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TD Branch bank with solar panels in Mississauga, Ont.

Toronto-Dominion Bank continued a trend among Canada's big banks this week, reporting strong profit growth in the third quarter despite widespread concerns about the impact of low oil prices and a contracting Canadian economy.

TD said its quarterly profit rose to almost $2.3-billion, up about 7.5 per cent from last year. After making some adjustments, earnings were $1.20 a share, modestly ahead of the $1.18 that analysts had forecast.

The shares rose 1.3 per cent in late morning trading Thursday but lagged a far larger stock market rally. The broad S&P/TSX composite index rose 2.4 per cent.

"TD's third-quarter performance demonstrates the strength of our diversified business model," said Bharat Masrani, the bank's chief executive officer.

But the results reflected strength in areas that are exposed to the struggling domestic economy, which has contracted for five straight months. Canadian retail banking, for example, reported an 8-per-cent increase in operating income. Wholesale banking rose almost 11 per cent.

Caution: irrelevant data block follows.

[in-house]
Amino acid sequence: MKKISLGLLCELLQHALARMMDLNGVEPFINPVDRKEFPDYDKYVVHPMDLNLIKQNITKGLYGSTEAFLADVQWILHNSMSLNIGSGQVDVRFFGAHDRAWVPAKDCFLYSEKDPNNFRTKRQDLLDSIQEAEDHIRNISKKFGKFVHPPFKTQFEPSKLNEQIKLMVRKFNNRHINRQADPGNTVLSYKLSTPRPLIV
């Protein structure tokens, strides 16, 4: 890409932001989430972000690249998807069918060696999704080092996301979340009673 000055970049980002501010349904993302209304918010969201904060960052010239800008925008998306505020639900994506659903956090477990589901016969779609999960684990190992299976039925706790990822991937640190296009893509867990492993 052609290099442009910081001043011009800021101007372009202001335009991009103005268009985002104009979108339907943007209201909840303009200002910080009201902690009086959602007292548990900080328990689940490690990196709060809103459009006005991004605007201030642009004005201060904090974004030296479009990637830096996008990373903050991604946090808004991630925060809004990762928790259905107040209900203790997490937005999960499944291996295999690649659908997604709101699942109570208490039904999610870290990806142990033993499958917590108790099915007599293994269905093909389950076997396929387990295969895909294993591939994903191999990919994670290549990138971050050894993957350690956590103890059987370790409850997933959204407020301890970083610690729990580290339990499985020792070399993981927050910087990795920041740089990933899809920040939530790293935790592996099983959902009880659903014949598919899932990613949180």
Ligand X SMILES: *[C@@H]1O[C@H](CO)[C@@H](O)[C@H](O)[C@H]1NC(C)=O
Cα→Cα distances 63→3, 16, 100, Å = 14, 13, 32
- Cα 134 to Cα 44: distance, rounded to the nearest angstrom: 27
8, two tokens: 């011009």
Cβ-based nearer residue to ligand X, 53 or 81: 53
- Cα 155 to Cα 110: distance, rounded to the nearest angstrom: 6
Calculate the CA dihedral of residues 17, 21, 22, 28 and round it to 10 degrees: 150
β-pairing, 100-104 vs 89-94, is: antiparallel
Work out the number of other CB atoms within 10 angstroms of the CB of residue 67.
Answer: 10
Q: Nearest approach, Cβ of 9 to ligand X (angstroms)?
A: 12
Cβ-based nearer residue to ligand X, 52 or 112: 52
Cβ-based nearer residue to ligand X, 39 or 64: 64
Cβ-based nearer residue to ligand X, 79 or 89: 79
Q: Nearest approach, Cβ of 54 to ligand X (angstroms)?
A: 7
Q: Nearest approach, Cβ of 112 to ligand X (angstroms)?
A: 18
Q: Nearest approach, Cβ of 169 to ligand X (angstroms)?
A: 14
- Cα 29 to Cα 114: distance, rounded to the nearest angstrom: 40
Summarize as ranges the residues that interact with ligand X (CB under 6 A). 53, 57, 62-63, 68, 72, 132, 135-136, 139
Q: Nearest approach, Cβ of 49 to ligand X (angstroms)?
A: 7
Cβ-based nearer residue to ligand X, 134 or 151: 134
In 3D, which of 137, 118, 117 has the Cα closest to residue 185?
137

At the same time, bad loans associated with the oil and gas sector haven't become an issue: Impairments rose by just $13-million in the quarter – a tiny fraction of TD's $4-billion in loans to the sector, representing about 1 per cent of its total loan portfolio.

Colleen Johnston, TD's chief financial officer, acknowledged in an interview that the economic environment is challenging. But she added: "We're not seeing any of those concerns imbedded in our numbers."

Still, TD has been responding to difficult conditions in recent months, largely by cutting staff levels. The number of employees within its Canadian retail banking arm fell by 132 from the previous quarter; in the United States, the employee count fell by about 230.

Despite the bank's strong financial performance, analysts remained largely cautious in reports issued shortly after the earnings release.

"Low single-digit growth in the two key operating segments (personal and commercial banking in Canada and the United States) is unlikely to do much to lift the multiple or growth expectations from here," said Robert Sedran, an analyst at CIBC World Markets, in a note. "As such, we are inclined to a neutral view on the quarter."

Meny Grauman, an analyst at Cormark Securities, noted that Canadian retail earnings were 3 per cent after stripping out wealth and insurance operations, reflecting margin pressure. And the U.S. retail operations, where TD has more branches than in Canada, benefited from a strong U.S. dollar; if you ignore currency changes, earnings growth was just 1 per cent.

"We believe that TD's results put it towards the bottom of the pecking order this quarter, and see flows heading into some of the names with more attractive valuations … at least in the short run," he said in a note.